Monday, January 25, 2010

Gie her a Haggis - even if she toasts the President

Some hae meat and cannot eat.
Some cannot eat that want it:
But we hae meat and we can eat,
Sae let the Lord be thankit.

         - Traditional Selfkirk Grace

Today, January 25, is the 251st anniversary of the birth of Scotland’s national Bard, Robert Burns, or Rabbie as he is affectionately called and Scots are celebrating.  A few years after Burns death in 1796 the ritual of the Burns Supper was started by a few of his close friends as a tribute to his memory and tonight (or perhaps this past Saturday night)  all over the world wherever the Scottish diaspora has landed, ex-patriate Scots, simple admirers of the famous “Ploughman’s Poet” and the many who just wish they were Scottish because they know that Scots really know how to party will be celebrating.  Of course, nowhere will there be more Burns Suppers, ceilidhs and similar celebrations than in Scotland itself and in Edinburgh, in particular

 The kilt-hire shops will do a roaring trade, haggis will take center stage and speeches will be made as all the celebrations, no matter where they are, follow a standard. Some Suppers will be quite formal, some simple family affairs, many will be held in hotels and restaurants and will certainly be loud, bawdy and drunken.

 The basic format has remained relatively unchanged since the end of the 18th century. It begins with a  few welcoming words from the host and the Selkirk Grace (see above).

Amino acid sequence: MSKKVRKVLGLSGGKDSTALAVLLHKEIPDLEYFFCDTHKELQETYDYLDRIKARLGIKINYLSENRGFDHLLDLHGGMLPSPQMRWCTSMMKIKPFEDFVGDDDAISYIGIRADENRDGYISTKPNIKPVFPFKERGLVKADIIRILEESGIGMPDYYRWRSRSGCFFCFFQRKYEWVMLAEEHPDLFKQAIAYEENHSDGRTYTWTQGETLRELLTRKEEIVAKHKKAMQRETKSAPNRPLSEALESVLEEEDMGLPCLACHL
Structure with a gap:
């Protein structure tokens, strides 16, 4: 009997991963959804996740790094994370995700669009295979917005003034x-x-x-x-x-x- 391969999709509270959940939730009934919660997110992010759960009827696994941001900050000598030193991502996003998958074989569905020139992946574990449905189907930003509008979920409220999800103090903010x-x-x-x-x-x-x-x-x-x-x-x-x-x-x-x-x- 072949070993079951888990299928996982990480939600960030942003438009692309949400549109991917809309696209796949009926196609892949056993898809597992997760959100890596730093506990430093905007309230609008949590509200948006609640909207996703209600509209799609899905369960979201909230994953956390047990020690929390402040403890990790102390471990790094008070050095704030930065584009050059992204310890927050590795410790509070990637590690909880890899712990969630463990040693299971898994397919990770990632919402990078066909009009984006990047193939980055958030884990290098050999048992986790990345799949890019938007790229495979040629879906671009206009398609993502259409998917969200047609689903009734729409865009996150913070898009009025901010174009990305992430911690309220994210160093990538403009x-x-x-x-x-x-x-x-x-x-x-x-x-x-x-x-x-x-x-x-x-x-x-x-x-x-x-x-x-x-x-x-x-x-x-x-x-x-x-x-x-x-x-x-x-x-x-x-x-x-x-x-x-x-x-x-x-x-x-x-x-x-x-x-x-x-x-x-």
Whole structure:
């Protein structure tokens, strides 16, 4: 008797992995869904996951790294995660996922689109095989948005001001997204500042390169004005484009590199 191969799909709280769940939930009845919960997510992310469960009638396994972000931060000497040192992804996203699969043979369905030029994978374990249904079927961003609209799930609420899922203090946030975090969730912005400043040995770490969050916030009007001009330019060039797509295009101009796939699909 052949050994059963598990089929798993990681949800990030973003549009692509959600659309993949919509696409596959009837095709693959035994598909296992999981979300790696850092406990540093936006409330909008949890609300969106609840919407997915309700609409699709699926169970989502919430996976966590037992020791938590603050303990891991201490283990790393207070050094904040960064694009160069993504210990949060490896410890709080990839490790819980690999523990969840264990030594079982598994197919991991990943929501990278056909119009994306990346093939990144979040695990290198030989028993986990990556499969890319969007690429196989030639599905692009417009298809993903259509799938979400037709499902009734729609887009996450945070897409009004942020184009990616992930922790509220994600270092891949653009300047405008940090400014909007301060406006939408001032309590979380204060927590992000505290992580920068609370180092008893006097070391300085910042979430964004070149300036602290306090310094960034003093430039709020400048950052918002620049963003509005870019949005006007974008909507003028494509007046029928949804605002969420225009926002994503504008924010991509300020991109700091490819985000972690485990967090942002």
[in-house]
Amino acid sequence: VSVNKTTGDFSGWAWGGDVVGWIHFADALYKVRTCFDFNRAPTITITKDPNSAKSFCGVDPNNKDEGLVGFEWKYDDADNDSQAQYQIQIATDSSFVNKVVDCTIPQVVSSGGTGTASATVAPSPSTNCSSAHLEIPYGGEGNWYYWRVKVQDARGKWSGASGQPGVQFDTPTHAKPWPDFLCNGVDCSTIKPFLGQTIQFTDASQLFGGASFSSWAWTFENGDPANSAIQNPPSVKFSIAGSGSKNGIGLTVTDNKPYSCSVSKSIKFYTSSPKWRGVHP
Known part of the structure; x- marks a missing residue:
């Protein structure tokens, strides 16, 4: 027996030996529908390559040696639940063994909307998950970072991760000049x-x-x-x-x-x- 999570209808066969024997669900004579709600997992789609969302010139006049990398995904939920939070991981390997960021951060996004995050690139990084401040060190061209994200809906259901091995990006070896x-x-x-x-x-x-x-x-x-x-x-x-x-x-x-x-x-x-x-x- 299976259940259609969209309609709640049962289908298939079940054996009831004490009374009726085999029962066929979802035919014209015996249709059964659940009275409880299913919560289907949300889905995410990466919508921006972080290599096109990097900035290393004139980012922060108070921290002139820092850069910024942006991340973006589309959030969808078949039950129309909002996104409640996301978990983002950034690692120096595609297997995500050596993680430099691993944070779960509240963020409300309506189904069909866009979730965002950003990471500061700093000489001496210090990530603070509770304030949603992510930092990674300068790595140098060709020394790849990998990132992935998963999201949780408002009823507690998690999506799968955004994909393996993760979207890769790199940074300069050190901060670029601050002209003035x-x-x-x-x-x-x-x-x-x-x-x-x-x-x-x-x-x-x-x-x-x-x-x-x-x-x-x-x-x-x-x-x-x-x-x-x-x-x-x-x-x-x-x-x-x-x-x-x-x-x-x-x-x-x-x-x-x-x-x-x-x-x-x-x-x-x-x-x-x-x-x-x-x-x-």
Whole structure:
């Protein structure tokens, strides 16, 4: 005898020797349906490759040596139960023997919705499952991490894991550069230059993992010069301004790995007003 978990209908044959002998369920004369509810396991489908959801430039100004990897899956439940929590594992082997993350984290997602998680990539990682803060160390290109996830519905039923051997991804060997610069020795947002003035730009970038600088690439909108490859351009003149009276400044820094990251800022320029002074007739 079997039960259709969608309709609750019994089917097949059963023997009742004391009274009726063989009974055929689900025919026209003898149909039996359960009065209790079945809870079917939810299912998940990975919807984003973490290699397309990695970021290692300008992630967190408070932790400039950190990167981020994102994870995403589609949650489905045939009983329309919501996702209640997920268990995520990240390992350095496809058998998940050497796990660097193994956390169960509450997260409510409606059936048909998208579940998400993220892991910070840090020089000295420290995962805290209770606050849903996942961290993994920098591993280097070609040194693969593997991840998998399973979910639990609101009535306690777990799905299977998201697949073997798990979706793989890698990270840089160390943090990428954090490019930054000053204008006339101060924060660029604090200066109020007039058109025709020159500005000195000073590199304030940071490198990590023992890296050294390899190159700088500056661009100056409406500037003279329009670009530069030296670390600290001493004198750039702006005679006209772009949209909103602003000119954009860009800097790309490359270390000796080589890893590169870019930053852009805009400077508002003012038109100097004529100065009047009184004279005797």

Then the participants are invited to stand to receive the haggis.

A piper leads the chef, carrying the haggis to a head table, followed by a sword carrier and a whisky carrier (David’s favorite role),  the hosts and honored guests.  As they process the other guests accompany them with a slow handclap.

 Then, the highlight of the evening as someone recites recites Burns' famous poem To a Haggis. When the brave speaker reaches the line "an cut you up wi' ready slight", he cuts open the haggis with a sharp knife.  Steam escapes, the poem is finished, the company applauds and  the host stands.  Using a small silver cup, the name of which escapes me, he will“Pay the Piper” with a wee dram and then lead the group in a  toast to the haggis with a glass of whisky. Participants take their seats and prepare to enjoy the feast.  The menu will likely consist of  cock-a-leekie soup and cranachan before and after the showpiece main course of haggis, neeps and tatties, and there's nothing much wrong with that. 

As the food is served, the toasts and speeches begin.  An invited guest gives a toast to The Immortal Memory of Burns. It may be light and fun or literary and historical, but the purpose is the same - to describe the greatness and relevance of Burns today.

The Immortal Memory speech is followed by a more light-hearted toast to the women in the room generally made by an invited make guest.   Originally this was a thank you to the ladies for preparing the food and a toast to all the 'lasses' in Burns' life. The tone is witty, but never offensive, and always ends on a conciliatory note.  In response,  a lass takes a turn detailing men's foibles in a humorous fashion and the women all stand for a Toast to the Laddies.

There is a Toast to the Queen (or King as the case may be) for which David and others believe a good Scot should never stand until there is once again a Scottish monarch.  I could argue that as the daughter of such a beloved Scot as Mary, the Queen Mum,  Elizabeth II deserves a bit of leeway.

A Toast to the President follows which can get a bit sticky depending on the pervading political climate and the general red or blue alliance of the guests.

Before each toast of the evening, all the guests are asked to “Charge you glasses and be upstanding.”  After so many charged glasses, the  upstanding part can become difficult!
But the formal program always ends with everyone standing (and swaying), linking hands and singing Auld Lang Syne.
As the plates are cleared there is usually some form of entertainment and then dancing, especially Scottish country dancing.